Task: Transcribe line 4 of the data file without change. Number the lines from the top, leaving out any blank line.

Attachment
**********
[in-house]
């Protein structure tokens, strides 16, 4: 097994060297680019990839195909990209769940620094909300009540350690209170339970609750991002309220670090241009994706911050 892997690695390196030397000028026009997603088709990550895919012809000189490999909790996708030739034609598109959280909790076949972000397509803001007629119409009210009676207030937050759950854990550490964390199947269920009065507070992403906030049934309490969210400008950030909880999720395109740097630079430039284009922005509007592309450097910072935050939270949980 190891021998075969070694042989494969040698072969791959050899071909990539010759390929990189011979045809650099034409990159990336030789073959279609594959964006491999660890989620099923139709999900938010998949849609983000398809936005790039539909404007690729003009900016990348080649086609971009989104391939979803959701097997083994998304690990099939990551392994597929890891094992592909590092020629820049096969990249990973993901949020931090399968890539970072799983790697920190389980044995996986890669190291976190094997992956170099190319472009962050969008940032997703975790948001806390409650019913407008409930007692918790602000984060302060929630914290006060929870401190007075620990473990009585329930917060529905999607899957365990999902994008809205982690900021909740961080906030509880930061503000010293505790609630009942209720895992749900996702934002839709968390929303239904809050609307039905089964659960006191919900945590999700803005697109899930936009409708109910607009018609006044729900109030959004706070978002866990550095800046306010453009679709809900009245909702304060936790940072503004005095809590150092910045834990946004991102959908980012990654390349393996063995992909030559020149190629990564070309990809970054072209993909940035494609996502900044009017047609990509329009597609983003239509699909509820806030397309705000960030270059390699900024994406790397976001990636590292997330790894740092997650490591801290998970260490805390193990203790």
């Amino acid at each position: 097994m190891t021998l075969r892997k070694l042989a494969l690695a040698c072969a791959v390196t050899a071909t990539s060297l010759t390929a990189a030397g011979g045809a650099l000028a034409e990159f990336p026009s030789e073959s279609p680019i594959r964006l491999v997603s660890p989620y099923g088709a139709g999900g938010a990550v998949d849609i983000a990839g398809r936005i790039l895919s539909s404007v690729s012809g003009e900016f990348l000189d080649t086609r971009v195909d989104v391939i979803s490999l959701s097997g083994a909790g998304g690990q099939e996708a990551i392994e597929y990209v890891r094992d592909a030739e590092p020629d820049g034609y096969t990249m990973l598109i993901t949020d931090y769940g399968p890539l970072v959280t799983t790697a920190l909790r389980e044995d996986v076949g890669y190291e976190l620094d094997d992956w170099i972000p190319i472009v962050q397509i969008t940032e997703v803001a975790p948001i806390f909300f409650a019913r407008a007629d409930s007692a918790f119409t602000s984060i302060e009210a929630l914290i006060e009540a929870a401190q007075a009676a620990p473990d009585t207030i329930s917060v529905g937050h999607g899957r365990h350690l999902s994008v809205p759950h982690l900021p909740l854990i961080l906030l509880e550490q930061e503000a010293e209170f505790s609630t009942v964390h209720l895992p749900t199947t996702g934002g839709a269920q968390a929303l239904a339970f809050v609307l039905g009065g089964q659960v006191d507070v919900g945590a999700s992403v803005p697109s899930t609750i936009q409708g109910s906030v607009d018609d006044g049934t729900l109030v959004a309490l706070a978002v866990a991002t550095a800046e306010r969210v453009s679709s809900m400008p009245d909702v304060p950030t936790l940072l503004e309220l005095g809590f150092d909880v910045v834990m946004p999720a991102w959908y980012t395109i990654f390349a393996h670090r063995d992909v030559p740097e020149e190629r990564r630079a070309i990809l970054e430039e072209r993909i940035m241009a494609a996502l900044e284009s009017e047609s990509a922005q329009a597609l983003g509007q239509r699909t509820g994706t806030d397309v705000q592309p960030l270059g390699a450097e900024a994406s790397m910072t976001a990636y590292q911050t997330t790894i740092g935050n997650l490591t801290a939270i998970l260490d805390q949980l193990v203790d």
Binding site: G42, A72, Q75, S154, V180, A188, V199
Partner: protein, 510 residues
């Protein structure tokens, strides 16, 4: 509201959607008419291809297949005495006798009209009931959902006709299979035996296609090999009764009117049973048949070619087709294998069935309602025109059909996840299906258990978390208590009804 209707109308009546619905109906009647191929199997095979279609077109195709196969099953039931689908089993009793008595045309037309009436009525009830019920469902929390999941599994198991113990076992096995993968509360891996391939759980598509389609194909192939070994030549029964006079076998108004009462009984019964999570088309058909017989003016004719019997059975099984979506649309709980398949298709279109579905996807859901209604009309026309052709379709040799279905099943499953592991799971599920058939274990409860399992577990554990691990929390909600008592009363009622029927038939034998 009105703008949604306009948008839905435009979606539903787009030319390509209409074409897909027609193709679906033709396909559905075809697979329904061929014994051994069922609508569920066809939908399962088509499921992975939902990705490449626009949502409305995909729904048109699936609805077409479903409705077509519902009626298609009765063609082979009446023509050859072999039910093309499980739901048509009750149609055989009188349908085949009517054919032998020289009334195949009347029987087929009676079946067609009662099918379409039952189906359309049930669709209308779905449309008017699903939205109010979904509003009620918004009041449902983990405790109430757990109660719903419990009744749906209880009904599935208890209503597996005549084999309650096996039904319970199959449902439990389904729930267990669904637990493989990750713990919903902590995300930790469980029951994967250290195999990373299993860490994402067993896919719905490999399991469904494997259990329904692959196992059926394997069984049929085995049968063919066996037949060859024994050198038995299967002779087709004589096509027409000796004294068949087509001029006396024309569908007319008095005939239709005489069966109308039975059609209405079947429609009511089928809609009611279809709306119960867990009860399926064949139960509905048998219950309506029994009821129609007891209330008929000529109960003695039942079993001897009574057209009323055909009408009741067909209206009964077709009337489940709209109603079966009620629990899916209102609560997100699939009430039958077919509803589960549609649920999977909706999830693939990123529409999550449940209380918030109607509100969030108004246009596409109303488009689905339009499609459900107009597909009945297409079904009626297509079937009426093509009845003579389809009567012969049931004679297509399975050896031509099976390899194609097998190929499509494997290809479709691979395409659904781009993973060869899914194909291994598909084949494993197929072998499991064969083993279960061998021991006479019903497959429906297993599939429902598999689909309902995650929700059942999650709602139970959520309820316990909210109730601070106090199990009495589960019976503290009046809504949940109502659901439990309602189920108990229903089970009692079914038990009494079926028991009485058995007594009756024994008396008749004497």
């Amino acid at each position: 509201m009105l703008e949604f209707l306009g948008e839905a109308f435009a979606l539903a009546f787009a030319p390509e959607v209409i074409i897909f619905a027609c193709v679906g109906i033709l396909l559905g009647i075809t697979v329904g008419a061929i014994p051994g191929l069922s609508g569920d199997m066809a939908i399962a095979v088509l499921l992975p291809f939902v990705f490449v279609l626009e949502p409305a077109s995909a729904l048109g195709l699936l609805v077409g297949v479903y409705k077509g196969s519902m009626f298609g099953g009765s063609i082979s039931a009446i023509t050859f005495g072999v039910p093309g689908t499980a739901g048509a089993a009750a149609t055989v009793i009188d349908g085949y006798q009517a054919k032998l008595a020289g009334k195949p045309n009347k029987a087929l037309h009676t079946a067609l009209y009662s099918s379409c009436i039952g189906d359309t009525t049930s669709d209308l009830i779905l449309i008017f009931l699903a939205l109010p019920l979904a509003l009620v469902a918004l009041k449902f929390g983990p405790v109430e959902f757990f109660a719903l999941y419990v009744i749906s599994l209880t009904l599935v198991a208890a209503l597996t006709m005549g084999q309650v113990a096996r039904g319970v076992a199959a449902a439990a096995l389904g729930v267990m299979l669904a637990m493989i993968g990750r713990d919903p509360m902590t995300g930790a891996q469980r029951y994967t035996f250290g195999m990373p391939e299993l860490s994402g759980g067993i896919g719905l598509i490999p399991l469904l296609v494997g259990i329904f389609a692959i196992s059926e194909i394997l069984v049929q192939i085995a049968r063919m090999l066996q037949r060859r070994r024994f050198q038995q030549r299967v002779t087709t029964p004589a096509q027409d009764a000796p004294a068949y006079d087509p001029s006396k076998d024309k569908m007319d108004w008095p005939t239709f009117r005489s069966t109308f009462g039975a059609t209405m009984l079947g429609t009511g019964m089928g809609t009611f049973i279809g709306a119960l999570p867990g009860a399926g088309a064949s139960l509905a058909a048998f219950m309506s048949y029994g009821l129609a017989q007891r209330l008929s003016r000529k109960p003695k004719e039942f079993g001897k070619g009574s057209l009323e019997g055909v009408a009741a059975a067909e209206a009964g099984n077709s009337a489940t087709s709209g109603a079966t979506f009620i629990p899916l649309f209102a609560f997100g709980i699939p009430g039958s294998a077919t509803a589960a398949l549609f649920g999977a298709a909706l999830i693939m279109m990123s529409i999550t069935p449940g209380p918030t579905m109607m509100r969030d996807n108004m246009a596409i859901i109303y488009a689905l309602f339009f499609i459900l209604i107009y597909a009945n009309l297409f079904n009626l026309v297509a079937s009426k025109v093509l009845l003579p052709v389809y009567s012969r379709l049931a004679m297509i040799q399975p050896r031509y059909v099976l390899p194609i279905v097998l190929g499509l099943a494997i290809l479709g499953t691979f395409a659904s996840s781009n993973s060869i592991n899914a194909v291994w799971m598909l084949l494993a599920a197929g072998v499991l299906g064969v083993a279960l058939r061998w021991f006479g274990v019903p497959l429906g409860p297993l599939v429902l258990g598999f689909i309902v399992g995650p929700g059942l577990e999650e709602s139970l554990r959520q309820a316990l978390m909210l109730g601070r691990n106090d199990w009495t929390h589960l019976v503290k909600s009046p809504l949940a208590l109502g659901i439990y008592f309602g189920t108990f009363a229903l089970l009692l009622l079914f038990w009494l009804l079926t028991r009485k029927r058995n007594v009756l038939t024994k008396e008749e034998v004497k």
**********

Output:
Binding site: G42, A72, Q75, S154, V180, A188, V199